For example, under a Supreme Court decision last year, the Clean Air Act could be applied to regulate greenhouse gas emissions from vehiclesâ?¦. Decisions with such far-reaching impact should not be left to unelected regulators and judges.
See the March 12 letter from Henry Waxman, chair of the House Committee on Oversight and Government Reform to EPA administrator, which draws on information provided by seven senior officials at EPA who told the story of EPAâ??s work on the endangerment finding and how the agencyâ??s effort to comply with the Supreme Courtâ??s decision, and with U.S. environmental law, was blocked by the White House.
Full text of the Supreme Court decision.
The polar bear and the Endangered Species Act
A second case involves the failure thus far of the Department of the Interior to issue a decision on listing the polar bear as a threatened species under the Endangered Species Act—months after the statutory deadline for doing so has passed.
The procedural history of litigation and agency action (and inaction) on this matter dates back a few years now. For a crash course, see, for example, the April 2 Senate Environment and Public Works Committee hearing, “Oversight on the Listing Decision for the Polar Bear Under the Endangered Species Act.”
Especially the detailed testimony by Kassie Siegel, Director of the Climate, Air, and Energy Program Center for Biological Diversity, which initiated the action that has brought the case to this point.
See our earlier posts on December 28, 2006 (Interior Dept. proposal to list polar bear as threatened due to loss of sea ice), December 29, 2006 (Polar Bears, Pt 2: Habitat loss and inadequate regulatory mechanisms to address sea ice recession), and January 8, 2007 (Interior Secretary misrepresented agency report deeming polar bears threatened).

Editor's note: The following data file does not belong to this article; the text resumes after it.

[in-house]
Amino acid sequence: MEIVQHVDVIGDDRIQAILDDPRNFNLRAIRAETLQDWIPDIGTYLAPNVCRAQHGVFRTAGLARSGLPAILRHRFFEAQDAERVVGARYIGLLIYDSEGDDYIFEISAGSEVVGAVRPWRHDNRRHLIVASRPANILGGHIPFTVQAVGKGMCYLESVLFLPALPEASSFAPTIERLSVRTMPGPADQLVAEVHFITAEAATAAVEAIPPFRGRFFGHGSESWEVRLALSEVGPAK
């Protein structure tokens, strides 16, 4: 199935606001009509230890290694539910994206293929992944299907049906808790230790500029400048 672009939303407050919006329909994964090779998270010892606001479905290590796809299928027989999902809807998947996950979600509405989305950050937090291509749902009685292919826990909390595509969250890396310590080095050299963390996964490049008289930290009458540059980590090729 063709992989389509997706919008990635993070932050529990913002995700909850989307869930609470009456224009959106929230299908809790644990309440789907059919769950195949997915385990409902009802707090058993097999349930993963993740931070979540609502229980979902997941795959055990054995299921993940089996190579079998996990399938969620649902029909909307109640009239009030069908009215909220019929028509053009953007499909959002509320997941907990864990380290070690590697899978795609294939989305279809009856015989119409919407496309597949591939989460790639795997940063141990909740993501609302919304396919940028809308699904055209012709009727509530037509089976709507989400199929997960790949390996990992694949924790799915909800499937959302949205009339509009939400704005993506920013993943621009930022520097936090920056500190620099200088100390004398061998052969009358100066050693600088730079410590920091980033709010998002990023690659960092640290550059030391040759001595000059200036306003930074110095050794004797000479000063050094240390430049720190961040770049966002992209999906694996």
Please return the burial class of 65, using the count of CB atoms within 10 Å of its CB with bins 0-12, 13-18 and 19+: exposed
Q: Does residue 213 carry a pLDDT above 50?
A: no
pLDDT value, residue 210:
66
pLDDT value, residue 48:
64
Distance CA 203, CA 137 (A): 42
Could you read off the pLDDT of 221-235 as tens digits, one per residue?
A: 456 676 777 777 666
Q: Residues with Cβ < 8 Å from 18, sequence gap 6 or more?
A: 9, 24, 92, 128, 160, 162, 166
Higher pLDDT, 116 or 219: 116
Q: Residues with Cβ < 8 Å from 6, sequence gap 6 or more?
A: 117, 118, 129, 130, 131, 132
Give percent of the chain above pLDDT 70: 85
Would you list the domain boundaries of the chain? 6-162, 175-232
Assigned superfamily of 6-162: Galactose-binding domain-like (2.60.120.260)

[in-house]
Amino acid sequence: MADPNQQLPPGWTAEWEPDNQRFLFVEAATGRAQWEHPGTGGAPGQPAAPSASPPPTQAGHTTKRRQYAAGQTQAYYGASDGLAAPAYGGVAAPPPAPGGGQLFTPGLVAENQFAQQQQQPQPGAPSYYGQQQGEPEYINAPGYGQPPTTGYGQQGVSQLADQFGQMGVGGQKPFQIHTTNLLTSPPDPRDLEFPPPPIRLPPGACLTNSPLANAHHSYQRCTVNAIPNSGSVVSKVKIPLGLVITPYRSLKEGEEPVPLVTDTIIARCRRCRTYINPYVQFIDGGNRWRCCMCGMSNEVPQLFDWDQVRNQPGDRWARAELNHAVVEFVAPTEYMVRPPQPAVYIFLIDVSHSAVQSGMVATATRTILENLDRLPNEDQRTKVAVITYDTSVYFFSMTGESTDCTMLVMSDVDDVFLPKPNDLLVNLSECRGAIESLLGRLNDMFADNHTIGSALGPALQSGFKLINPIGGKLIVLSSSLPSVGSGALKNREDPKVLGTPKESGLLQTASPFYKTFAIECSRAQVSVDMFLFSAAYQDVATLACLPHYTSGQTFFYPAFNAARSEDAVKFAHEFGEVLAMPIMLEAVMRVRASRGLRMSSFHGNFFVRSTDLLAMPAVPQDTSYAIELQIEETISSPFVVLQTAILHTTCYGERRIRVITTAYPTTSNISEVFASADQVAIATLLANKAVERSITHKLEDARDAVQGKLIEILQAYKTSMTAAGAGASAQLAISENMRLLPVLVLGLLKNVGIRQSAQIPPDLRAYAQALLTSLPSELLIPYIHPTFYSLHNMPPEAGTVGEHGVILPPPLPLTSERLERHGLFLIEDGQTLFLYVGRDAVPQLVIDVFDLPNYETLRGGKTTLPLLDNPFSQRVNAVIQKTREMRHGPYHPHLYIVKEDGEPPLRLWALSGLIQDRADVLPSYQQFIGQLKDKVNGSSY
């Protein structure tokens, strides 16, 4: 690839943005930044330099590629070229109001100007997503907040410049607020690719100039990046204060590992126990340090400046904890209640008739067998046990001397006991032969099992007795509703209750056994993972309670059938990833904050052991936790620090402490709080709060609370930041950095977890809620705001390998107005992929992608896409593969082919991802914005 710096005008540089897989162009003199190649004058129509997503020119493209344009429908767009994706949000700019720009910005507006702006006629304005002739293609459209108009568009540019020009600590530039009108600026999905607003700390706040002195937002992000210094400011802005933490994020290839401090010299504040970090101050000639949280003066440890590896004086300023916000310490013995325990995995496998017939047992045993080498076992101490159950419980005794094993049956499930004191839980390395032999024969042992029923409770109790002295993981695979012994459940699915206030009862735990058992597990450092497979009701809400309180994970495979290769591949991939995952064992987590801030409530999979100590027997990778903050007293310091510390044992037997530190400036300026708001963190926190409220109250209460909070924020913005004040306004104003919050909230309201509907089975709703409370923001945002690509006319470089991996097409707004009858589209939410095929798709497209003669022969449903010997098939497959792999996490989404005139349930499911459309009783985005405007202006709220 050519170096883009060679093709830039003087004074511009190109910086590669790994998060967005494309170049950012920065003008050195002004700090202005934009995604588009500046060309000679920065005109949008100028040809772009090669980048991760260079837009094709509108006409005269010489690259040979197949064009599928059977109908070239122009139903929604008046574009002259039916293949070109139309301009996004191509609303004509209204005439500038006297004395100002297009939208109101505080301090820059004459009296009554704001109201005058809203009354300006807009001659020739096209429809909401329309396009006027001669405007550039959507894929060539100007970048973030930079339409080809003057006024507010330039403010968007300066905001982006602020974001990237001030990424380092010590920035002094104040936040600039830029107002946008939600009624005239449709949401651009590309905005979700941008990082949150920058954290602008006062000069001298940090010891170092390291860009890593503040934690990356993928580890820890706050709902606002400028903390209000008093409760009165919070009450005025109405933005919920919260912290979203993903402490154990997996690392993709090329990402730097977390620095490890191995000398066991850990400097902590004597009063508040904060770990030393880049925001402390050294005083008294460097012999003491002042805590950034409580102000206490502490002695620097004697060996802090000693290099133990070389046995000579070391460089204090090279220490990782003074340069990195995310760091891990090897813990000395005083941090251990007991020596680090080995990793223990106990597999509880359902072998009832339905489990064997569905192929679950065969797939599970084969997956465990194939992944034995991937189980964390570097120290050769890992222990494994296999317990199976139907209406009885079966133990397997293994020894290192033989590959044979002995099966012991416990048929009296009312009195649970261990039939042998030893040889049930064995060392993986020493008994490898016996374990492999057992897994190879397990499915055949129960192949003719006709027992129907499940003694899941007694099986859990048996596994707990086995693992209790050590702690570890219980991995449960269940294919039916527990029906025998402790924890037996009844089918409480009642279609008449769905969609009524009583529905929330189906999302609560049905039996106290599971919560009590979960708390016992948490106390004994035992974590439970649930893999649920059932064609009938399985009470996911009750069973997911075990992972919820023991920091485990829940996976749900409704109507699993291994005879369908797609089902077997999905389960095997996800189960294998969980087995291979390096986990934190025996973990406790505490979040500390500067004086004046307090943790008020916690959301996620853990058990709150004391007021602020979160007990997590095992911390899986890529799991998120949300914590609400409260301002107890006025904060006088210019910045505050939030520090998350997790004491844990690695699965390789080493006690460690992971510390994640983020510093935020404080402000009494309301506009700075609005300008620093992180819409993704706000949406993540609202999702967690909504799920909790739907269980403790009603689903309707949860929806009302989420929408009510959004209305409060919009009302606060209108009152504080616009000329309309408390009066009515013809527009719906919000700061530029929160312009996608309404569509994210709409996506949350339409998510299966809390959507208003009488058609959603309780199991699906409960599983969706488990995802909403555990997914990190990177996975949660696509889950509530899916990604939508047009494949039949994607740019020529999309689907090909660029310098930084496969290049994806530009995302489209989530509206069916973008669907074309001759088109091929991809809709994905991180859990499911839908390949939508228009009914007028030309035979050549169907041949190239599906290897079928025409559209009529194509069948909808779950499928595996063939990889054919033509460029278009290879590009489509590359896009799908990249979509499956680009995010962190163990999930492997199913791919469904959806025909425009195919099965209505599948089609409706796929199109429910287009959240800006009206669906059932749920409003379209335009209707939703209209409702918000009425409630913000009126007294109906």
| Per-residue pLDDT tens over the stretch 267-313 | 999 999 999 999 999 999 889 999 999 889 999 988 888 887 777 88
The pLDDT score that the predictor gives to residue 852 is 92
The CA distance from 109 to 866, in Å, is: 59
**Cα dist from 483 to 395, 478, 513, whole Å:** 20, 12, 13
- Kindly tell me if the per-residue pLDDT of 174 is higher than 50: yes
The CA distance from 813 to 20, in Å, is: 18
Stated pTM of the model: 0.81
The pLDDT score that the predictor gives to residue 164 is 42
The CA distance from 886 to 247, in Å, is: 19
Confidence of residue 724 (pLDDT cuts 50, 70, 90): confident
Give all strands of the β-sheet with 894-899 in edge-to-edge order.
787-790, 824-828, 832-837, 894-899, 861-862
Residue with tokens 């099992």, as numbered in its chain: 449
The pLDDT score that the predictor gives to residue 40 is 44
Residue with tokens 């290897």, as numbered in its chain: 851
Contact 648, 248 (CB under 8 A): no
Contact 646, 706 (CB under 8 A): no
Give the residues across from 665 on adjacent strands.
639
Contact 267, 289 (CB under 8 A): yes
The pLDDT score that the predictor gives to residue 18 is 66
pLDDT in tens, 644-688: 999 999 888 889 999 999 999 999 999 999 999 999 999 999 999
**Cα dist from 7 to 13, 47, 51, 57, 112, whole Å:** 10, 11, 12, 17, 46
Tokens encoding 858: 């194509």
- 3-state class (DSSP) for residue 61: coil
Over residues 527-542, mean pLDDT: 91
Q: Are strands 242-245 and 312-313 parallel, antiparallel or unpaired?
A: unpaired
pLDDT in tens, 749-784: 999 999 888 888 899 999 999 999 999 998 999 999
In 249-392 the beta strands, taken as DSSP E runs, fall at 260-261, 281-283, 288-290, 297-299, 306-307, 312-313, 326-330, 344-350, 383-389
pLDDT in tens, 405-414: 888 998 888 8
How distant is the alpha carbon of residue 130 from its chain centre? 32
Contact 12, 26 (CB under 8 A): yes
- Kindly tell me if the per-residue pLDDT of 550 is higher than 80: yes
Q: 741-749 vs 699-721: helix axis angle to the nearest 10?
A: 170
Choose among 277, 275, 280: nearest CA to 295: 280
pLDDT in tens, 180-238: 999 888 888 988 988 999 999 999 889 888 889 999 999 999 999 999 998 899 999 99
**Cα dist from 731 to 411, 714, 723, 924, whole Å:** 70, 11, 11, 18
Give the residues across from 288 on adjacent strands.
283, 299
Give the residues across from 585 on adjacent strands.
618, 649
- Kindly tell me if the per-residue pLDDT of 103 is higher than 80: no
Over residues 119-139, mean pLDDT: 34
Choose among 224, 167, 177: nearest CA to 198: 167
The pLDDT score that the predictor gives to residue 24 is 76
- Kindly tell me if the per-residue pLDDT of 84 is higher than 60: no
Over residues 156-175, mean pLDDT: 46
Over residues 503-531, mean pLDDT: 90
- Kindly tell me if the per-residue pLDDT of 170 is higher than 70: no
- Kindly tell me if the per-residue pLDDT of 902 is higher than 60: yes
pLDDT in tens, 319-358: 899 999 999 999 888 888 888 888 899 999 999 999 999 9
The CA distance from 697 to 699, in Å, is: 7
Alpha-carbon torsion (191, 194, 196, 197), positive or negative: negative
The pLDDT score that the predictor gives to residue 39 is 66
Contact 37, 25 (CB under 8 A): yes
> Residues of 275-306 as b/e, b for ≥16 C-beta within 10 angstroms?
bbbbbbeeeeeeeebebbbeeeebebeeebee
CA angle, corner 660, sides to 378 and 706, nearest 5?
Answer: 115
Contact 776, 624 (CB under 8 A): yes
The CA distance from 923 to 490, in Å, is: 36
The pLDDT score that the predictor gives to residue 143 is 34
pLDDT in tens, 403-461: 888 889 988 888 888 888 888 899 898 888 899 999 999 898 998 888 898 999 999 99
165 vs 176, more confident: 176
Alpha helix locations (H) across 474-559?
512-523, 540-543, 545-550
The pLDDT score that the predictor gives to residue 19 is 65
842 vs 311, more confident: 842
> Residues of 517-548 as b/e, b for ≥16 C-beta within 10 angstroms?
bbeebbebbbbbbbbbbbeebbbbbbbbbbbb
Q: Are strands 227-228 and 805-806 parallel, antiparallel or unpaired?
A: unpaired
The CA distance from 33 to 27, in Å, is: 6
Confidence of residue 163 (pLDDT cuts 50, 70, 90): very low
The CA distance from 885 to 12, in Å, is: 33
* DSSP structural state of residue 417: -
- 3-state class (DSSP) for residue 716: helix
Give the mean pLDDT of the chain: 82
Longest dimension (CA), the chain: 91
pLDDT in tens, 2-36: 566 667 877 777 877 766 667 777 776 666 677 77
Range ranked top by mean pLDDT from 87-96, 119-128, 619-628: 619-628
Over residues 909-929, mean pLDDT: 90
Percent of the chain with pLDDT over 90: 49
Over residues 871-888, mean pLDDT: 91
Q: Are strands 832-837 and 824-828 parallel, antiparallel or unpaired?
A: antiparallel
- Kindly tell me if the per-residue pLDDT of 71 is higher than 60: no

To make an increasingly long story very short: in effect, the polar bear clearly meets two of the criteria that trigger the requirement that it be listed as threatened under the Endangered Species Act and that the federal government take steps to protect it. The Bush administration could refuse only by denying the science of global warming. But, while protecting the polar bear is the only decision the administration can make that is in accord with both science and law, the President said on April 16:
Some courts are taking laws written more than 30 years ago—to primarily address local and regional environmental effects—and applying them to global climate change. Theâ?¦Endangered Species Actâ?¦
The President is referring to how his administration, via Interior Secretary Dirk Kempthorne, has thus far stonewalled on meeting its statutory responsibility on the polar bear listing.
The CEI letter said:
the real choice is between regulatory chaos and legislation that fixes the Endangered Species Act, the Clean Air Act,â?¦
Congress can decide whether those laws need â??fixingâ? to suit the purposes of the Bush-Cheney administration and CEI. But since that appears unlikely to happen, the President appears to have chosen instead to act as though he is not required to obey them. The disinformation campaign has backed off somewhat from its failed effort to deny the reality of human-driven global warming, and shifted its focus by engaging in deliberate attempts to undermine steps to acknowledge and deal with the harmful impacts of climate disruption (i.e., â??endangermentâ? of public welfare and â??threatenedâ? species). And the Bush administration shifts in tandem with it. That, to us, is the key take-home message of the April 16 Rose Garden speech.